Administering the ‘Strategic Forces’ denotes India’s nuclear forces currently structured as the Strategic Forces Command (SFC). The existing arrangement of seniority-based rotational appointment of the Chairman and the Chief of Staff Committee (COSC), has resulted in the side-lining the Chairman from this important role. Short tenures of even a few months, combined with pressures of being the head of a Service, has been the primary reason. Presently, during a conflict that brings nuclear weapons into play, the chairman’s expected to be with the prime minister to provide advice and execute required actions. This, though, is problematic as it would entail the chief being away from the important role of controlling and directing his own service forces. This issue will now be certainly addressed.

Meanwhile, the creation of the CDS must not obscure the need for integration of the armed services with the Ministry of Defence. The issue was flagged by the GOM and approved by the Cabinet. But in the absence of the CDS, it was only cosmetically implemented. The subordination of the Services Headquarters continues in spirit and substance. The generalist civil cadre continue to pass judgement on professional decisions of even the chiefs under the garb of civilian control that is in actuality civilian bureaucratic control.

If the posts on the social media are any indication, the Bureaucracy-Uniform divide continues to deepen with several issues that relate to civil-military equivalence, unresolved pay commission matters, treatment of medically boarded-out soldiers, OROP implementation et al. An ambience of Us vs Them prevails. The creation of CDS provides the opportunity to remedy this imbroglio.

If the existing structural arrangement continues, the CDS at the head of the IDS will also find that his decisions will be judged by a generalist civil cadre. Creation of a Military Department at the MOD is the only way forward. All issues that largely require military expertise must be its responsibility. In practice, the existing Integrated Defence Staff (IDS) with some changes could morph into the Military Department. This would require changes in the Transaction and Allocation of Business Rules. This arrangement also adheres to the GOM recommendation of the defence secretary being the ‘Principal Defence Adviser,’ responsible for such matters as policy advice, supervising the Department of Defence, coordinating financial planning effort and budgeting.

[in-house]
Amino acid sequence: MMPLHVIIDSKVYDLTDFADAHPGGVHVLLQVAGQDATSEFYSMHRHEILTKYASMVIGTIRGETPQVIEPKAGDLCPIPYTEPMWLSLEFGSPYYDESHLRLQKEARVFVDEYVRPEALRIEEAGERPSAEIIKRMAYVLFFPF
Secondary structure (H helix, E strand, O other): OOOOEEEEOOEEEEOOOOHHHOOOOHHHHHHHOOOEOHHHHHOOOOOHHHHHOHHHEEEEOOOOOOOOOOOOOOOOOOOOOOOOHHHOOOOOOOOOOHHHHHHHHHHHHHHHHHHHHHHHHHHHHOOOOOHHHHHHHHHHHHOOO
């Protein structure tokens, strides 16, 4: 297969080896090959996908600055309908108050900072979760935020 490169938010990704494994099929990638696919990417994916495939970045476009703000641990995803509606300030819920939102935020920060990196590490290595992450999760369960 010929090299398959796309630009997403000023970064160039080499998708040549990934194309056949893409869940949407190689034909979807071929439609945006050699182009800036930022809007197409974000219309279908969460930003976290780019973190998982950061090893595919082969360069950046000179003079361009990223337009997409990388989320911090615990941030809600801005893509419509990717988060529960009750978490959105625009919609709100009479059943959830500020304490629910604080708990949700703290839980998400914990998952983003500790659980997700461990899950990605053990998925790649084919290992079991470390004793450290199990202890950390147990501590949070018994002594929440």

The GOM had specially commented on the relationship between the Defence Secretary and CDS. “Both will enjoy an equivalent status in terms of their working relationship as distinct from the Warrant of Precedence. Similarly, the Defence Secretary must enjoy an equivalent status vis-à-vis the Chiefs of Staff, insofar as their functional relationship is concerned. Meetings convened by the Defence Secretary on issues concerning him shall be attended by the CDS and the Chiefs and vice versa. The purpose of this arrangement is to ensure that the aspect of Warrant of Precedence does not vitiate the working environment of the Ministry.”

The commendable move of the Government to create the CDS must be accompanied by a political mandate for reforms that really matter like Integration with MOD and Integrated Commands. These changes cannot and should not be left to be negotiated between the civil bureaucracy and the military and between the three services. If that transpires, the PM’s announcement from the ramparts of Red Fort would have been carried away by the winds of entrenched interests which have thus far successfully resisted meaningful defence reforms.


Lt Gen (Dr) Prakash Menon is Director, Strategic Studies Programme, Takshashila Institution, Bangalore and former Military Adviser in the National Security Council Secretariat